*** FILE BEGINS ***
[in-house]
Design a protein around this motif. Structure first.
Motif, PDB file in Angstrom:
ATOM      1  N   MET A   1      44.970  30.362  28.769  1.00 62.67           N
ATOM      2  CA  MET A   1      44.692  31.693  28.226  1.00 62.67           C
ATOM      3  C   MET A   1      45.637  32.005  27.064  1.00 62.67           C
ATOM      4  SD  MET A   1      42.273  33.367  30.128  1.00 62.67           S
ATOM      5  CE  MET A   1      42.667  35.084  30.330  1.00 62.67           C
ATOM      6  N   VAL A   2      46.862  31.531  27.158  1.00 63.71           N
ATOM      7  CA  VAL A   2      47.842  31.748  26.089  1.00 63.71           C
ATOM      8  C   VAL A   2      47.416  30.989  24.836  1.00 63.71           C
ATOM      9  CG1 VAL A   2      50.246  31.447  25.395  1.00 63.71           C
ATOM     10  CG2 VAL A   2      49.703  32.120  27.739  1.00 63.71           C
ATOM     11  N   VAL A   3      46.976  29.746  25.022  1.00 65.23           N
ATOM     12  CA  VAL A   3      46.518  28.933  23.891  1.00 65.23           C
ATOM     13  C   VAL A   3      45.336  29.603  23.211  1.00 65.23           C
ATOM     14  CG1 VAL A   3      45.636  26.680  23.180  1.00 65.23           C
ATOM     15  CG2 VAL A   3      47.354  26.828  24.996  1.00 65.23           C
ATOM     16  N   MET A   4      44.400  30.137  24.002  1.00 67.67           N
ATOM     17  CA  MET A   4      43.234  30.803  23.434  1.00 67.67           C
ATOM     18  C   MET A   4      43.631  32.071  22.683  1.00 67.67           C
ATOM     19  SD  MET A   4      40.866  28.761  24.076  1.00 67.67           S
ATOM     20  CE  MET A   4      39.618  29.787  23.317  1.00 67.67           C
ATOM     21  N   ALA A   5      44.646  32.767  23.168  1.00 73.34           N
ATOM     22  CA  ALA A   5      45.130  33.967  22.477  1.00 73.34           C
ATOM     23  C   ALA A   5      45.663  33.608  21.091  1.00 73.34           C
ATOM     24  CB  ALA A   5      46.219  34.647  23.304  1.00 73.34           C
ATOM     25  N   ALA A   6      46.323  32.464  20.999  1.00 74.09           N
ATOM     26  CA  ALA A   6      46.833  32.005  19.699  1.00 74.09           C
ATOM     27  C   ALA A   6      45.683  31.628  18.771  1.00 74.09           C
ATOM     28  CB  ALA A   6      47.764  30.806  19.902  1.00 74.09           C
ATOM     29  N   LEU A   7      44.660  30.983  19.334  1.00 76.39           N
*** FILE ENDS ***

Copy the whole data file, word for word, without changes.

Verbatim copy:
[in-house]
Design a protein around this motif. Structure first.
Motif, PDB file in Angstrom:
ATOM      1  N   MET A   1      44.970  30.362  28.769  1.00 62.67           N
ATOM      2  CA  MET A   1      44.692  31.693  28.226  1.00 62.67           C
ATOM      3  C   MET A   1      45.637  32.005  27.064  1.00 62.67           C
ATOM      4  SD  MET A   1      42.273  33.367  30.128  1.00 62.67           S
ATOM      5  CE  MET A   1      42.667  35.084  30.330  1.00 62.67           C
ATOM      6  N   VAL A   2      46.862  31.531  27.158  1.00 63.71           N
ATOM      7  CA  VAL A   2      47.842  31.748  26.089  1.00 63.71           C
ATOM      8  C   VAL A   2      47.416  30.989  24.836  1.00 63.71           C
ATOM      9  CG1 VAL A   2      50.246  31.447  25.395  1.00 63.71           C
ATOM     10  CG2 VAL A   2      49.703  32.120  27.739  1.00 63.71           C
ATOM     11  N   VAL A   3      46.976  29.746  25.022  1.00 65.23           N
ATOM     12  CA  VAL A   3      46.518  28.933  23.891  1.00 65.23           C
ATOM     13  C   VAL A   3      45.336  29.603  23.211  1.00 65.23           C
ATOM     14  CG1 VAL A   3      45.636  26.680  23.180  1.00 65.23           C
ATOM     15  CG2 VAL A   3      47.354  26.828  24.996  1.00 65.23           C
ATOM     16  N   MET A   4      44.400  30.137  24.002  1.00 67.67           N
ATOM     17  CA  MET A   4      43.234  30.803  23.434  1.00 67.67           C
ATOM     18  C   MET A   4      43.631  32.071  22.683  1.00 67.67           C
ATOM     19  SD  MET A   4      40.866  28.761  24.076  1.00 67.67           S
ATOM     20  CE  MET A   4      39.618  29.787  23.317  1.00 67.67           C
ATOM     21  N   ALA A   5      44.646  32.767  23.168  1.00 73.34           N
ATOM     22  CA  ALA A   5      45.130  33.967  22.477  1.00 73.34           C
ATOM     23  C   ALA A   5      45.663  33.608  21.091  1.00 73.34           C
ATOM     24  CB  ALA A   5      46.219  34.647  23.304  1.00 73.34           C
ATOM     25  N   ALA A   6      46.323  32.464  20.999  1.00 74.09           N
ATOM     26  CA  ALA A   6      46.833  32.005  19.699  1.00 74.09           C
ATOM     27  C   ALA A   6      45.683  31.628  18.771  1.00 74.09           C
ATOM     28  CB  ALA A   6      47.764  30.806  19.902  1.00 74.09           C
ATOM     29  N   LEU A   7      44.660  30.983  19.334  1.00 76.39           N